Many modern energy systems are reliant on the production, transportation, storage, and use of gaseous hydrogen. The safety, durability, performance and economic operation of these systems is challenged by operating-cycle dependent degradation by hydrogen of otherwise high performance materials. This important two-volume work provides a comprehensive and authoritative overview of the latest research into managing hydrogen embrittlement in energy technologies.
Volume 2 is divided into three parts, part one looks at the mechanisms of hydrogen interactions with metals including chapters on the adsorption and trap-sensitive diffusion of hydrogen and its impact on deformation and fracture processes. Part two investigates modern methods of modelling hydrogen damage so as to predict material-cracking properties. The book ends with suggested future directions in science and engineering to manage the hydrogen embrittlement of high-performance metals in energy systems.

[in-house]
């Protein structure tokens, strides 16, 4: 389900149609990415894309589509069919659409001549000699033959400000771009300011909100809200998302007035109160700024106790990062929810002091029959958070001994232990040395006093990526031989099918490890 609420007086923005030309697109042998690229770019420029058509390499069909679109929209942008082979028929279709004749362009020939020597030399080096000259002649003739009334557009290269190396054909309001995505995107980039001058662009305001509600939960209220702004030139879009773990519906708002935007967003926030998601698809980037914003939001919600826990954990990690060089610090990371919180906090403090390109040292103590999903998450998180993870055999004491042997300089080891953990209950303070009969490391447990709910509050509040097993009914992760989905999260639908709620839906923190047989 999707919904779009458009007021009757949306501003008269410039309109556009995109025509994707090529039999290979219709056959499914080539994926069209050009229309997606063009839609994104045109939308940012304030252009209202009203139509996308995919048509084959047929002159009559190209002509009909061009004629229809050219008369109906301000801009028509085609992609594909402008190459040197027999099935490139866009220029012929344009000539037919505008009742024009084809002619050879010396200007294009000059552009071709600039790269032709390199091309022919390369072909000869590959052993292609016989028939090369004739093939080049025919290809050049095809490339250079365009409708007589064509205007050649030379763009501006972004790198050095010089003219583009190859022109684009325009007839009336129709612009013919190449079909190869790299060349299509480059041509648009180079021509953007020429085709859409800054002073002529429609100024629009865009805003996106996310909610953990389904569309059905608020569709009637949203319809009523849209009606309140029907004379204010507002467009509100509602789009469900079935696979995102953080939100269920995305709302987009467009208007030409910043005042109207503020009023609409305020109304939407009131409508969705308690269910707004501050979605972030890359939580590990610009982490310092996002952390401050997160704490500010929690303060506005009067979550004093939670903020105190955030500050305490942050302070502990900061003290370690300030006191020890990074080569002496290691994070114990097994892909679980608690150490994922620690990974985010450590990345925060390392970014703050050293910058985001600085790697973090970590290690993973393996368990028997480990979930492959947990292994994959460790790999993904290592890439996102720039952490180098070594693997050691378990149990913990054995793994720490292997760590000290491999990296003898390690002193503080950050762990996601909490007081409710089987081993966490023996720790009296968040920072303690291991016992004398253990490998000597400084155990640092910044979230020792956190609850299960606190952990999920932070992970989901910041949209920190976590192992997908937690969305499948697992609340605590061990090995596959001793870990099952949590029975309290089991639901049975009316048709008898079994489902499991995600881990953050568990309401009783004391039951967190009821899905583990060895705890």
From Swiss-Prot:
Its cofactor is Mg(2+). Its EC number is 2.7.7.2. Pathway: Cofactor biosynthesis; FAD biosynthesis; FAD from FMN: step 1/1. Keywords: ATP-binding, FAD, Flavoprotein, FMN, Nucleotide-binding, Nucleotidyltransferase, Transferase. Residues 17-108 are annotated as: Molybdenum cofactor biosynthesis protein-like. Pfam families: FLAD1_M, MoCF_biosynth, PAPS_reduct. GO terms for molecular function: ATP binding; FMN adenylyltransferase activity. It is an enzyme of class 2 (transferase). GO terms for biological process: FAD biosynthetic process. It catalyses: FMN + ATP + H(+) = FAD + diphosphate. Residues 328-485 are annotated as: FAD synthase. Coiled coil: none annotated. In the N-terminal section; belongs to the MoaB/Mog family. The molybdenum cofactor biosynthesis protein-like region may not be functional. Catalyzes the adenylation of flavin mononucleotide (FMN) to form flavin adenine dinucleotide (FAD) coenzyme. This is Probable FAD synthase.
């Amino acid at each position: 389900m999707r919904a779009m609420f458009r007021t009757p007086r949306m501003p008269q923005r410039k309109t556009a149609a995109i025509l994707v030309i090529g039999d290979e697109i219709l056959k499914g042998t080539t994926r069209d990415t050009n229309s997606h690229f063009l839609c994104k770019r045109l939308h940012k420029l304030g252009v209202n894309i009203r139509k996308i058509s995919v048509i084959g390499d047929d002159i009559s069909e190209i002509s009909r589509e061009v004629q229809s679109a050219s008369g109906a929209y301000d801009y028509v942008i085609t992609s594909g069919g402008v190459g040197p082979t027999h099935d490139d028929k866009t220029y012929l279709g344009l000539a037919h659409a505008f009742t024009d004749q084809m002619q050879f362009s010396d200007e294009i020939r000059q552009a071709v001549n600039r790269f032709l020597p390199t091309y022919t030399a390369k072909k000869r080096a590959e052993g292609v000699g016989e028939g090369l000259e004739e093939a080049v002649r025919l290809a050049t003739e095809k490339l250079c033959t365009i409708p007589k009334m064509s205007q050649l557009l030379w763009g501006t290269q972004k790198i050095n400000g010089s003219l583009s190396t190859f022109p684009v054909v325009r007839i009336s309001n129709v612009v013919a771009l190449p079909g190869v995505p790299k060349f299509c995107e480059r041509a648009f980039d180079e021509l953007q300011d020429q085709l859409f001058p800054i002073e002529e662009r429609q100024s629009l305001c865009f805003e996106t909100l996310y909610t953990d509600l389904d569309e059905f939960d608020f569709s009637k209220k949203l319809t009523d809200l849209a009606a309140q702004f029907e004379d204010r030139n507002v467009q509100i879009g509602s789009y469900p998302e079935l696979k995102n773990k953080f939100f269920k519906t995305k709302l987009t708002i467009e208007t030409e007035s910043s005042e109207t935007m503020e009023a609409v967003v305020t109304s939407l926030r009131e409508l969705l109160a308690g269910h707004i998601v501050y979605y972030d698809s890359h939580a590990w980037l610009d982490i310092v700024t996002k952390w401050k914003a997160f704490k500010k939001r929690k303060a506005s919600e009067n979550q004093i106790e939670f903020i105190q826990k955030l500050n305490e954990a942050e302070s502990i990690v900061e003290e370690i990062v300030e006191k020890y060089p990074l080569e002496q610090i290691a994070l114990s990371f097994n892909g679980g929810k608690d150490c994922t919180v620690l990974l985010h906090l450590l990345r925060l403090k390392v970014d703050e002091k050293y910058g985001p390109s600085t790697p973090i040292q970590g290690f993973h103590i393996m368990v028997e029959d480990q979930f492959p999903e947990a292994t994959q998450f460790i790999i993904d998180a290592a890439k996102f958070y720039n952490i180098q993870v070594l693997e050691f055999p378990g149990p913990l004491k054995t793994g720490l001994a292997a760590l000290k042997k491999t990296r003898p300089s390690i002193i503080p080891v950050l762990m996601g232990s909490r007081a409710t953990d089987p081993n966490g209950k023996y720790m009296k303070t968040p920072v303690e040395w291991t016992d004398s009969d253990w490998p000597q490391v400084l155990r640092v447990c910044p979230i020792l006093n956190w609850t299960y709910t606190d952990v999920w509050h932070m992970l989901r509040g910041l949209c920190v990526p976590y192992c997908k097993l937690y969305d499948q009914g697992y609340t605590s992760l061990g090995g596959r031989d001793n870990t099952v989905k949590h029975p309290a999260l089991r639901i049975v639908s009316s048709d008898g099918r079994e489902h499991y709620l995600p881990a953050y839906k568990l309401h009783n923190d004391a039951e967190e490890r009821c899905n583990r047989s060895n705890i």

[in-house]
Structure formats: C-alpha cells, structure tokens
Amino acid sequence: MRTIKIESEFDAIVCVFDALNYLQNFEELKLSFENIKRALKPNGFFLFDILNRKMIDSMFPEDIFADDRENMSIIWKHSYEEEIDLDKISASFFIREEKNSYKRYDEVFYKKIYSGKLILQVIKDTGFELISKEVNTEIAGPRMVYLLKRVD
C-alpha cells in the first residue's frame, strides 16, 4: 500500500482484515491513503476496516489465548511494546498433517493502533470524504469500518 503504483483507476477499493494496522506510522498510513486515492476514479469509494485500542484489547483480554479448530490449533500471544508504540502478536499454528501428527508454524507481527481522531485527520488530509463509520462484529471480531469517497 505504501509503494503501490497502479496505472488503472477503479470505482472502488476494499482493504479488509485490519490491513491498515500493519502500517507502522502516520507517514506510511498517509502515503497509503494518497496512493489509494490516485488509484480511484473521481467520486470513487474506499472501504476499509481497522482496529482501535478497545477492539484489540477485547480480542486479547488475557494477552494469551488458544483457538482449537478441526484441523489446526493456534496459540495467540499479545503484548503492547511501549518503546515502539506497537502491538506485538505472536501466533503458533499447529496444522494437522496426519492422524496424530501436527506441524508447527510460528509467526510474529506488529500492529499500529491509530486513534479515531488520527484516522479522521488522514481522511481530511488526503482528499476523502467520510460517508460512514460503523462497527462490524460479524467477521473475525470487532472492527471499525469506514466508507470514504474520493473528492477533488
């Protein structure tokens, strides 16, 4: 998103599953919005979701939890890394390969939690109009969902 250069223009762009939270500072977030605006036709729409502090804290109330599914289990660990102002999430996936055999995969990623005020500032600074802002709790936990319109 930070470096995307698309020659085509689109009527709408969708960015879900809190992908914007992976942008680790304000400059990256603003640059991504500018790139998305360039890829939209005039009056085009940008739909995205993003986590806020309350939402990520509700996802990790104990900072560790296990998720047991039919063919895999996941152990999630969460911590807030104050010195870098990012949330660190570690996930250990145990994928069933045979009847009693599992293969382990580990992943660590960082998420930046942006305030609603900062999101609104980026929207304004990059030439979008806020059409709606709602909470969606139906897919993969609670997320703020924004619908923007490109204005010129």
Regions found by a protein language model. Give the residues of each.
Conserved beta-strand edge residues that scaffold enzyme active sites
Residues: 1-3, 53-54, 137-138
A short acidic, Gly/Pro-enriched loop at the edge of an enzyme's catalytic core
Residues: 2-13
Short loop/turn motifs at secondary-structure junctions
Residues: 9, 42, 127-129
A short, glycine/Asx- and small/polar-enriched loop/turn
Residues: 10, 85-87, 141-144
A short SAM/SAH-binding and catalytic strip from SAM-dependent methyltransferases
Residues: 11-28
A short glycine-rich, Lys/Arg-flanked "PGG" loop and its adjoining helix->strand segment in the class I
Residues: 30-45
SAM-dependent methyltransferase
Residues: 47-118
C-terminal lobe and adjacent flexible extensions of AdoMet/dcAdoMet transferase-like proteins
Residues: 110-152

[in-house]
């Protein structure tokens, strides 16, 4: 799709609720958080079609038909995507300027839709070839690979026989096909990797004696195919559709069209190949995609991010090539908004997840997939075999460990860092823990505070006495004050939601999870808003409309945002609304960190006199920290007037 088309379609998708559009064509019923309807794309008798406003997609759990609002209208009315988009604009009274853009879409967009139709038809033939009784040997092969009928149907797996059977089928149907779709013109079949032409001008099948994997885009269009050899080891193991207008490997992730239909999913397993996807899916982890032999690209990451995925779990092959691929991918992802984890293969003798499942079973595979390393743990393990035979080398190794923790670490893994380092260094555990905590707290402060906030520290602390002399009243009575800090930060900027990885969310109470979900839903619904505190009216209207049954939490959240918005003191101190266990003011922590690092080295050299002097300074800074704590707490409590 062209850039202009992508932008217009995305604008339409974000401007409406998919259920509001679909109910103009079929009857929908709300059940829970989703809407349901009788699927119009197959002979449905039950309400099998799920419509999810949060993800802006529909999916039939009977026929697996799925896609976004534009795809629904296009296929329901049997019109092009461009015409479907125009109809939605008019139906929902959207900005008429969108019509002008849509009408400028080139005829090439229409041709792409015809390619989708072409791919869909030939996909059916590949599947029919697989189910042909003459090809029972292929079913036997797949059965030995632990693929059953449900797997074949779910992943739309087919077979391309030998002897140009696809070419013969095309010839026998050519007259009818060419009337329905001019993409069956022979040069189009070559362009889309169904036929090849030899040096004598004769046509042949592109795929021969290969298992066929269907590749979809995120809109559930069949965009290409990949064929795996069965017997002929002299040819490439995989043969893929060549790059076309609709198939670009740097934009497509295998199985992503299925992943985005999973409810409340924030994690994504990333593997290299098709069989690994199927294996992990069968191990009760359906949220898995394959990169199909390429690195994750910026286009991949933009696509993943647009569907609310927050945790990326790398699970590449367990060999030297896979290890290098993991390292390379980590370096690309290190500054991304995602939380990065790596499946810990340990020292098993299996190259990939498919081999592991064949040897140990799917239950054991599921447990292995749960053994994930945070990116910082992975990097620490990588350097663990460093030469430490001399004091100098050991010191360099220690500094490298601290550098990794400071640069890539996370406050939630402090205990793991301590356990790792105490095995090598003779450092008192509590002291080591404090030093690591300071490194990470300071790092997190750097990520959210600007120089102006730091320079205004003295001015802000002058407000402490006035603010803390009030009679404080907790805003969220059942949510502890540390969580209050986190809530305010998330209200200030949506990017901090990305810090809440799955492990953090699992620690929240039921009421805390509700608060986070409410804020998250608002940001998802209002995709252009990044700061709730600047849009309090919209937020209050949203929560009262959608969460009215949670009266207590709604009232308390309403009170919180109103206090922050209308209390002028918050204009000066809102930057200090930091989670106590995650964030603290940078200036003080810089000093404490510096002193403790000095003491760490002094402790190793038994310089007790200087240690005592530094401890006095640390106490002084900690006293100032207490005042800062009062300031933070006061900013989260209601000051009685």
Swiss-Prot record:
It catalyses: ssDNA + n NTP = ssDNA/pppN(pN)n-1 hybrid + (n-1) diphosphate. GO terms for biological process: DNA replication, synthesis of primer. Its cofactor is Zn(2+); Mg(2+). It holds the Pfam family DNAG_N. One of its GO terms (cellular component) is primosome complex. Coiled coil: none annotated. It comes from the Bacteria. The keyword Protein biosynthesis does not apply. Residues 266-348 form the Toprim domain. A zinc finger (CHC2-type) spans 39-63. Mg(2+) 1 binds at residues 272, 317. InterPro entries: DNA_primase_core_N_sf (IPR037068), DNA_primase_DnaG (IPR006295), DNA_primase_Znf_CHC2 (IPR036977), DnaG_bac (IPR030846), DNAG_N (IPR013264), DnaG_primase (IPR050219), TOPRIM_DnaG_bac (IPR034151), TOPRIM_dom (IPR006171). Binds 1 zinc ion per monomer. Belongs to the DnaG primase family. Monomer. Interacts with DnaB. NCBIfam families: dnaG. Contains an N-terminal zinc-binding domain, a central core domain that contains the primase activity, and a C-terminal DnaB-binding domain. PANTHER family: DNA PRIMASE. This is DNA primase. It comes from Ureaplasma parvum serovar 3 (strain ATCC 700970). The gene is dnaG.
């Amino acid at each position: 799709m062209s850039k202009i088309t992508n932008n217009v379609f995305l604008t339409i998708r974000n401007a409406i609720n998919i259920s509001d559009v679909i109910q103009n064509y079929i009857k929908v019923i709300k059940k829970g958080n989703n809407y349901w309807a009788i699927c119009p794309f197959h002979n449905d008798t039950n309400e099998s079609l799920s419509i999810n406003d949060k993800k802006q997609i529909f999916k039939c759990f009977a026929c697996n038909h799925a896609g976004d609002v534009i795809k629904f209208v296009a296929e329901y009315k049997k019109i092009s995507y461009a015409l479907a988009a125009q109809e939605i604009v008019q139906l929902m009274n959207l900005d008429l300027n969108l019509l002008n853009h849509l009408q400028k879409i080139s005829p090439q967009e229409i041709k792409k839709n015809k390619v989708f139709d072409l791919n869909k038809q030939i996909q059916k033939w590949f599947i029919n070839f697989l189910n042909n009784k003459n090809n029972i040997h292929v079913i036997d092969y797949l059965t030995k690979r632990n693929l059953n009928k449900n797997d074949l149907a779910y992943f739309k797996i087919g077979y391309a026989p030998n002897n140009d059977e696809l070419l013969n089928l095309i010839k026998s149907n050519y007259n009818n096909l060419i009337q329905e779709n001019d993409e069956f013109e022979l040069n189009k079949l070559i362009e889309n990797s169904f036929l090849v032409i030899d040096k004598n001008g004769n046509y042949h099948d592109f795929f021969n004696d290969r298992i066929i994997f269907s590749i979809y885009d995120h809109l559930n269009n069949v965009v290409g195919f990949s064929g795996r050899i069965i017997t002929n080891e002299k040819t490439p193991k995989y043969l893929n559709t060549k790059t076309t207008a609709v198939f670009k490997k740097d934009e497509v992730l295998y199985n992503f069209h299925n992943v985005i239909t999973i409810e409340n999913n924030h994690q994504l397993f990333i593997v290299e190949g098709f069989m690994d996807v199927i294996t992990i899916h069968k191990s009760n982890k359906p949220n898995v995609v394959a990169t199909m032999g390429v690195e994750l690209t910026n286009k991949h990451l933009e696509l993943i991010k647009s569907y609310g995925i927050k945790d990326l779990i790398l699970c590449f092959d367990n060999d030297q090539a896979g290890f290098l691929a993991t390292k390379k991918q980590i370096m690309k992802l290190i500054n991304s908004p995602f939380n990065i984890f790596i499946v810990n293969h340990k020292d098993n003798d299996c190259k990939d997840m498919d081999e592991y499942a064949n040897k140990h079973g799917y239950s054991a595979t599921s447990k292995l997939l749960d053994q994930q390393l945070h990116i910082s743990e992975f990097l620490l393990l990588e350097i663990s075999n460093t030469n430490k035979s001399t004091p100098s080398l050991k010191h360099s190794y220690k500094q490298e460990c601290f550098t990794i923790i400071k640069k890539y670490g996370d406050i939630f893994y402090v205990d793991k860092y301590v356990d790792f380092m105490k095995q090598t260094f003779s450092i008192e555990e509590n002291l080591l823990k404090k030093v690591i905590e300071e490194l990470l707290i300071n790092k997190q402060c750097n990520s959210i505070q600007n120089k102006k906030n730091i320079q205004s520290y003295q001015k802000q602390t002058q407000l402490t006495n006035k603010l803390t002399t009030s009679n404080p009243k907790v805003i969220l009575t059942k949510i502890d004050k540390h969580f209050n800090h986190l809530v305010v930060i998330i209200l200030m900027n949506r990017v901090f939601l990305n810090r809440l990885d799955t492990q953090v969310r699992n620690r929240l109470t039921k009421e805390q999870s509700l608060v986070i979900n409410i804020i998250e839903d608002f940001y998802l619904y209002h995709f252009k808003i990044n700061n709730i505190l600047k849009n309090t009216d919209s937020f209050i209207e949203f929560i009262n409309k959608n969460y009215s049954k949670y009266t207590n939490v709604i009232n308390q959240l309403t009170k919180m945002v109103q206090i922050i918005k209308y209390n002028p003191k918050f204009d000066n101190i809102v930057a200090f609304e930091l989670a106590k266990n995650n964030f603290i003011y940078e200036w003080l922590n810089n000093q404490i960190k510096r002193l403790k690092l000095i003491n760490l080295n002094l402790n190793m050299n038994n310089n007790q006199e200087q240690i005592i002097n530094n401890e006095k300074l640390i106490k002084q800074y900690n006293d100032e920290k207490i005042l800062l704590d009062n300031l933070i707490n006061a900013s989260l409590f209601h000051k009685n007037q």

With its distinguished editors and international team of expert contributors, Volume 2 of Gaseous hydrogen embrittlement of materials in energy technologies is an invaluable reference tool for engineers, designers, materials scientists, and solid mechanicians working with safety-critical components fabricated from high performance materials required to operate in severe environments based on hydrogen. Impacted technologies include aerospace, petrochemical refining, gas transmission, power generation and transportation.
- Summarises the wealth of recent research on understanding and dealing with the safety, durability, performance and economic operation of using gaseous hydrogen at high pressure
- Chapters review mechanisms of hydrogen embrittlement including absorption, diffusion and trapping of hydrogen in metals
- Analyses ways of modelling hydrogen-induced damage and assessing service life